The Noma of Stoke Newington
Category : Restaurant
| Cuisine : Modern British
Address : 1-3 Green Lanes, Mildmay Ward, Shoreditch, London, N16 9BS, UNITED KINGDOM - Directions
Web : www.perilladining.co.uk/
Opening Times : Tues - Wed: 6:00PM - 11:00PM; Thurs - Sat: 12:30PM - 3:00PM & 6:00PM - 11:00PM; Sun: 12.30PM - 9.00PM
Closest Tube : Highbury & Islington
The fine dining movement in east London started as a ripple - The Young Turks and Nuno Mendes' supperclubs - before it gained inertia and became a wave with Michelin-starred Lyle's and Clove Club, and now continues to peel off from Shoreditch into Hackney and Stoke Newington with Ellory, Pidgin and now Perilla on the corner of Newington Green. Whether the latter receives the Michelin anointment remains to be seen, but on a Wednesday evening visit it appeared to have the all of the markings of that office.
The dining room offers a masterclass in soft tones and distressed surfaces, with floor-to-ceiling windows that offer bucolic views of Newington Green that coalesce with the interior's rustic wooden joists, sanded light wood tables, whitewashed brickwork and exposed plaster render. In the near corner of the restaurant an aperture into the kitchens offers views of founder Ben Marks putting his skills to work, gleaned from a career with stints at Noma, The Square and Claridge's.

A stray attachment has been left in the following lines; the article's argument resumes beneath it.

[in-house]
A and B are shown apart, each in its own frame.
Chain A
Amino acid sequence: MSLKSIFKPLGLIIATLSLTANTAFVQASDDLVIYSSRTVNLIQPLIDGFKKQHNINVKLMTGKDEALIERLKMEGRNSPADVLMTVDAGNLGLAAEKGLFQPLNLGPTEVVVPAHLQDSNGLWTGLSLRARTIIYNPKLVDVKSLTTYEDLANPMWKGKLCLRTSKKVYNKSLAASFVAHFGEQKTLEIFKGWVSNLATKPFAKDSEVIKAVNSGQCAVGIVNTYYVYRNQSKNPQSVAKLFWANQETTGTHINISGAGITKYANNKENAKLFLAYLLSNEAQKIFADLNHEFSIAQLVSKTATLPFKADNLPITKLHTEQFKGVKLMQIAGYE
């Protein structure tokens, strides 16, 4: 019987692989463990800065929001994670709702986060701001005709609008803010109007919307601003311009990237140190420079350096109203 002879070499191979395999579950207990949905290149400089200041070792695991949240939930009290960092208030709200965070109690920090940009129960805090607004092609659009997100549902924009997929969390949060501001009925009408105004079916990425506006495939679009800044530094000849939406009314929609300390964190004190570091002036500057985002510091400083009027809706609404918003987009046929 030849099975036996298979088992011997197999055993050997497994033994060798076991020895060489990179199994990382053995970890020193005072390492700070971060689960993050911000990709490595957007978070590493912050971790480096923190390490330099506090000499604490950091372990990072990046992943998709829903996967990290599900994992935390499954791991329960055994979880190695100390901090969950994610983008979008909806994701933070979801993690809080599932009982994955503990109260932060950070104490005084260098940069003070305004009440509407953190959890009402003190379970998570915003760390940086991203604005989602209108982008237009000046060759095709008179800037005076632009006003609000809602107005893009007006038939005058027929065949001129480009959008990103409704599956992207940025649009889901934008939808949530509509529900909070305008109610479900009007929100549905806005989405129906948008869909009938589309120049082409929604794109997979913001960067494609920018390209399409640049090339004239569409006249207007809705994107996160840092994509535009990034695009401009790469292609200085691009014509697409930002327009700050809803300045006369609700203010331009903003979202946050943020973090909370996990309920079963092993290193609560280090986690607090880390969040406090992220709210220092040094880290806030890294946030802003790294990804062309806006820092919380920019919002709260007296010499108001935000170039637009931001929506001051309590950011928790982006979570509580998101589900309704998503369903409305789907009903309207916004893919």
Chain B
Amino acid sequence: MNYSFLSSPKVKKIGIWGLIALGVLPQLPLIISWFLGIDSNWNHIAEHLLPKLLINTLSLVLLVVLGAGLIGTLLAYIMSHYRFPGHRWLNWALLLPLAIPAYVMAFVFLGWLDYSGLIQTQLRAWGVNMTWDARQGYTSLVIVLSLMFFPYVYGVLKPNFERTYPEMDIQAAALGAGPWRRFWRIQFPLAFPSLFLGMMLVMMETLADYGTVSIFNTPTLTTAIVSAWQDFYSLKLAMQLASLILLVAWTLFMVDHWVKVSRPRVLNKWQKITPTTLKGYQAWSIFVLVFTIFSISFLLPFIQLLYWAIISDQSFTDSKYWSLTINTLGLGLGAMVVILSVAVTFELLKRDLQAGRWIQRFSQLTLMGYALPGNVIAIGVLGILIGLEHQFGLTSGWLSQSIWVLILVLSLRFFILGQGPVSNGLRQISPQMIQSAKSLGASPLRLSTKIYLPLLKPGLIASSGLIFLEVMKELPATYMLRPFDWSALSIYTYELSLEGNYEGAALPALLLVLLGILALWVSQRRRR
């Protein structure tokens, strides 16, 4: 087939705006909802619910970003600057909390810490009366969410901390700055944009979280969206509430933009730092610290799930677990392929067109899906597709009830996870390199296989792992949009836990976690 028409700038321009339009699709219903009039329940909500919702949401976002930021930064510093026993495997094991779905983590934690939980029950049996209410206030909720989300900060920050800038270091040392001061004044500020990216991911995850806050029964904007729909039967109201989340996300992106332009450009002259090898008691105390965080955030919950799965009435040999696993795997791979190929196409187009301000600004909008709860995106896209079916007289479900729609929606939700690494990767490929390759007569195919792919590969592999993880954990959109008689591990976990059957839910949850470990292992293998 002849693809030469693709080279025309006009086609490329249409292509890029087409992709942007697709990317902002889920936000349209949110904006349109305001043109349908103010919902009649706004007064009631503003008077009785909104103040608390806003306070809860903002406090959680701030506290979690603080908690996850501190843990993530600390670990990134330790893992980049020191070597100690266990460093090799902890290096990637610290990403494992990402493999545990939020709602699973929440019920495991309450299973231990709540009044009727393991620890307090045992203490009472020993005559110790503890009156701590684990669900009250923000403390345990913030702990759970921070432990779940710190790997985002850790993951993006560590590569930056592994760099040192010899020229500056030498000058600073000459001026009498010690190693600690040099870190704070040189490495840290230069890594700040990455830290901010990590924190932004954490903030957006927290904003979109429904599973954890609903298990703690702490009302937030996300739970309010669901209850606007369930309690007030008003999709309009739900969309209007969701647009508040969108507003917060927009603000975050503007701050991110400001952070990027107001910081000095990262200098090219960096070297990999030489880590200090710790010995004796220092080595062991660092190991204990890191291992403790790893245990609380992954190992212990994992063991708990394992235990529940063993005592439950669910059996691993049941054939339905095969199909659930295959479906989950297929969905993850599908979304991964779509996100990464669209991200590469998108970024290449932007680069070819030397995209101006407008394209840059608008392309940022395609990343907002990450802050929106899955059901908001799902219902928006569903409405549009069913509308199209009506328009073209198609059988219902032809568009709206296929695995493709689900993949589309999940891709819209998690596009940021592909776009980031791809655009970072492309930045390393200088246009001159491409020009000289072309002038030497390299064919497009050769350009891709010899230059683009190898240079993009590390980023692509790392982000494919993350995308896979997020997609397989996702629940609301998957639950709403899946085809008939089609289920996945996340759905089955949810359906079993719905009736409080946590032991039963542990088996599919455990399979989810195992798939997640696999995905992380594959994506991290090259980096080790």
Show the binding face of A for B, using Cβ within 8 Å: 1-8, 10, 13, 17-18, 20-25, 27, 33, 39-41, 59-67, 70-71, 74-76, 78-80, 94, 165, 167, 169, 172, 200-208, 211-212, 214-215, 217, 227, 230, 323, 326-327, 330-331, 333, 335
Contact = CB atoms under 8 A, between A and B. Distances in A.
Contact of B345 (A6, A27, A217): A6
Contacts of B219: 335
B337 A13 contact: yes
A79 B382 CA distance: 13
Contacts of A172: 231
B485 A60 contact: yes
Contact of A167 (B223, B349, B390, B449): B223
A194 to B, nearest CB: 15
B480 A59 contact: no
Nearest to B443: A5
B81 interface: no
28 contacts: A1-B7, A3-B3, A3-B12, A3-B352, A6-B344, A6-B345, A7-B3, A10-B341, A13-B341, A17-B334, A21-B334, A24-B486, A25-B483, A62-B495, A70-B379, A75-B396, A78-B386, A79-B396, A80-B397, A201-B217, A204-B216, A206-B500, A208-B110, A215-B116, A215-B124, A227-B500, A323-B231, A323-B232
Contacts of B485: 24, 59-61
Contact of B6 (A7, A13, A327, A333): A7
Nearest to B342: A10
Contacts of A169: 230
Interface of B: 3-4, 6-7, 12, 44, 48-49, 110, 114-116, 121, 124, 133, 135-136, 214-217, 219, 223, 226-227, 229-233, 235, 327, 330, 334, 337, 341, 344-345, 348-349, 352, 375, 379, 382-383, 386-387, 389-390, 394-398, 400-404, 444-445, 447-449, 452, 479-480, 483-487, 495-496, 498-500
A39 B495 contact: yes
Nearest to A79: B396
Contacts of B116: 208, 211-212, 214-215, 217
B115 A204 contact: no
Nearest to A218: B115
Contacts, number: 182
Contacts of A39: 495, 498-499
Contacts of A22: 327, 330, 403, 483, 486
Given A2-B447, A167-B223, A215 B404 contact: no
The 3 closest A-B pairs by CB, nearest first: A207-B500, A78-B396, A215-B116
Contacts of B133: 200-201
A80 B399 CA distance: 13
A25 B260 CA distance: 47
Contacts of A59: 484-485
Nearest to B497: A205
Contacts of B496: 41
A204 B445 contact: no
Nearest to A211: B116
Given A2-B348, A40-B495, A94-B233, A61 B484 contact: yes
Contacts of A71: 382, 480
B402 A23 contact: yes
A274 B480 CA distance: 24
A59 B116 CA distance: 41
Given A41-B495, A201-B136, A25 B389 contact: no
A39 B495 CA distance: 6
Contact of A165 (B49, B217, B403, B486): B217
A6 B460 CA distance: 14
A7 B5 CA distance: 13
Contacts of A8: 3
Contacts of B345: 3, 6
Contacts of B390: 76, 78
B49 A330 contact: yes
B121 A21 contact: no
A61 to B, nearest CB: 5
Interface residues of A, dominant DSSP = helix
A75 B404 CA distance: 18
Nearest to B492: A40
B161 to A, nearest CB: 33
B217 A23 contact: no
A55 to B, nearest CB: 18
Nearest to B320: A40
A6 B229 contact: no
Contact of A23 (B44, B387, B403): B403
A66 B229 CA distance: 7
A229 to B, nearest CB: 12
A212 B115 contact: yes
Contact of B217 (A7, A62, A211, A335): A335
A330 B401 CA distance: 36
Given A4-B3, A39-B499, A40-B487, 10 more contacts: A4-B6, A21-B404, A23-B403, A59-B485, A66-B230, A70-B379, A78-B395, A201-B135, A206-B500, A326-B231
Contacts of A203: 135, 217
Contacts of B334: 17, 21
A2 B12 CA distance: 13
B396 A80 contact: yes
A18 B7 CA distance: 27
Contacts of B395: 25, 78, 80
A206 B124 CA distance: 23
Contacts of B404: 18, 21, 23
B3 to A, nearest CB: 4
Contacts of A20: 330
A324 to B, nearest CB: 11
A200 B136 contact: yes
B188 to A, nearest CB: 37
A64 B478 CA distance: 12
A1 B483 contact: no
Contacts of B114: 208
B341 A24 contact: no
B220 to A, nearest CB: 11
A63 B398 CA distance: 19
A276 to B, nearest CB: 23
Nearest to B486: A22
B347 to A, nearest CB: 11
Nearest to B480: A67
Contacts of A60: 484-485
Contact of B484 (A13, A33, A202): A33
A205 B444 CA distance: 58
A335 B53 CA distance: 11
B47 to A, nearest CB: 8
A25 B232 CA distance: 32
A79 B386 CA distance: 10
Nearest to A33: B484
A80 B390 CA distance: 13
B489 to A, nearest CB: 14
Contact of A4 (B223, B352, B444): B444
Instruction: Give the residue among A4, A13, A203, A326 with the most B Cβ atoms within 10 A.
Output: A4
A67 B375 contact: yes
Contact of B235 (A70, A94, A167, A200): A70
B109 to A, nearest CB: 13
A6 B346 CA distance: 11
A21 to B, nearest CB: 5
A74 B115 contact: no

The tasting menu is a steal at £38 for five exceptional courses, with an amuse bouche of crisp roasted kale peppered with pockets of intriguingly iodine smoked cod roe. This was followed by a wedge of seaweed sourdough baked with a chunky crust and served with a ramekin of lamb fat which we slathered on accordingly. Both dishes went beautifully with a Dominio de Tharsys Cava. Our first proper dish was cuttlefish 'bolognese', which switched out pasta for monk's beard then dusted down the entire ensemble with a generous grating of Sardinian bottarga. It was coupled with an exceptional Ametzoi Txakoli from the Basque region which cut away the creaminess with a raw apple backbone. So far so great.
Our meal continued with pot-roasted broccoli served atop pickled cucumber and immersed in an incredible hung yoghurt sauce. The brassica has become increasingly popular as a prestige ingredient and this impressive dish continues the trend nicely. This was followed by our main course of the evening, tender roast chicken served with wild garlic and bitter grilled puntarella, paired with an exceptional Franco Mondo orange wine. We finished off the meal with a blood orange custard drizzled with olive oil, which went well with a sweet Riesling Auslese. All in, Perilla is a well-oiled fine-dining machine that competes with east London's swelling ranks of Michelin-starred operations. Whether it receives the coronation remains to be seen, but we wouldn't be surprised if it did!